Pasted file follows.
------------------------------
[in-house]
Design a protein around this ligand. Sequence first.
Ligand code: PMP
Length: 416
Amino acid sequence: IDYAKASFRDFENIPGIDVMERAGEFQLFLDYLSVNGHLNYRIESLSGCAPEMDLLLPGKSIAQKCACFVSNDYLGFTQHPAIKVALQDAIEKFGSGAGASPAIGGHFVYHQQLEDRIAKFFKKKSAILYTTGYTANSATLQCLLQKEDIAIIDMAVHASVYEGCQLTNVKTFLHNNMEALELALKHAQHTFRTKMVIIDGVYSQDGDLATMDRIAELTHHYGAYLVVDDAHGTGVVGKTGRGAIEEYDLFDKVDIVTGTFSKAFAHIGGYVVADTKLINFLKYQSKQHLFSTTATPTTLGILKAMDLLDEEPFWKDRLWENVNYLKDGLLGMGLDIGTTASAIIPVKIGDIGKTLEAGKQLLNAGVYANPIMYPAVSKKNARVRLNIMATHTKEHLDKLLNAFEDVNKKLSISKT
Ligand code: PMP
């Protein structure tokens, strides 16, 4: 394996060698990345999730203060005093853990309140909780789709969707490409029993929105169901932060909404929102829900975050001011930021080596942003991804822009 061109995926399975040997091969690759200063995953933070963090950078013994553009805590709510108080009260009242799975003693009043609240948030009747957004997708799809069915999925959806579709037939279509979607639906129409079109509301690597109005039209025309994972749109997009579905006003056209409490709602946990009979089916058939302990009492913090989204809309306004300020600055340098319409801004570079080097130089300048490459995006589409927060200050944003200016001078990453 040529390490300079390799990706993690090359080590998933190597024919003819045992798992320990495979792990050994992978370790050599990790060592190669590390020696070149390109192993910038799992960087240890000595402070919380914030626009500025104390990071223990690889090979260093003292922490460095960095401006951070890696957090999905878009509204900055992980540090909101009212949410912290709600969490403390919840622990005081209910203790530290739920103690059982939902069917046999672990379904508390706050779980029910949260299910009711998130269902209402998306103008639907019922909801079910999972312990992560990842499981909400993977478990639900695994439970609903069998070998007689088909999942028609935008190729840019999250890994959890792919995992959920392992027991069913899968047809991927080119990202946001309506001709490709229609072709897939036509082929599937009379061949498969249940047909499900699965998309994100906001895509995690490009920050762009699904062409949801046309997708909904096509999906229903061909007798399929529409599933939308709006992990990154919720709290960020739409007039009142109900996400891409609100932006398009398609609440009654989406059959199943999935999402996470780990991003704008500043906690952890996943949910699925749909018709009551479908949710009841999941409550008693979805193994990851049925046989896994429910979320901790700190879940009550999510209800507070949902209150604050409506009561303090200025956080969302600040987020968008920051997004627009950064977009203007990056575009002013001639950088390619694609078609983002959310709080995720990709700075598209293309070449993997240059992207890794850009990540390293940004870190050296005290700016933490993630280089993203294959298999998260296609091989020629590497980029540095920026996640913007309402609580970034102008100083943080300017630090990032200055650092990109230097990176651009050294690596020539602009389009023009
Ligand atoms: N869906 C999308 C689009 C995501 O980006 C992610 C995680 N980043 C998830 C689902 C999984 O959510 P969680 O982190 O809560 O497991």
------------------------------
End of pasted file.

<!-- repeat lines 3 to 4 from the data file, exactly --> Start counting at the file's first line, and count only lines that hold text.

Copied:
Ligand code: PMP
Length: 416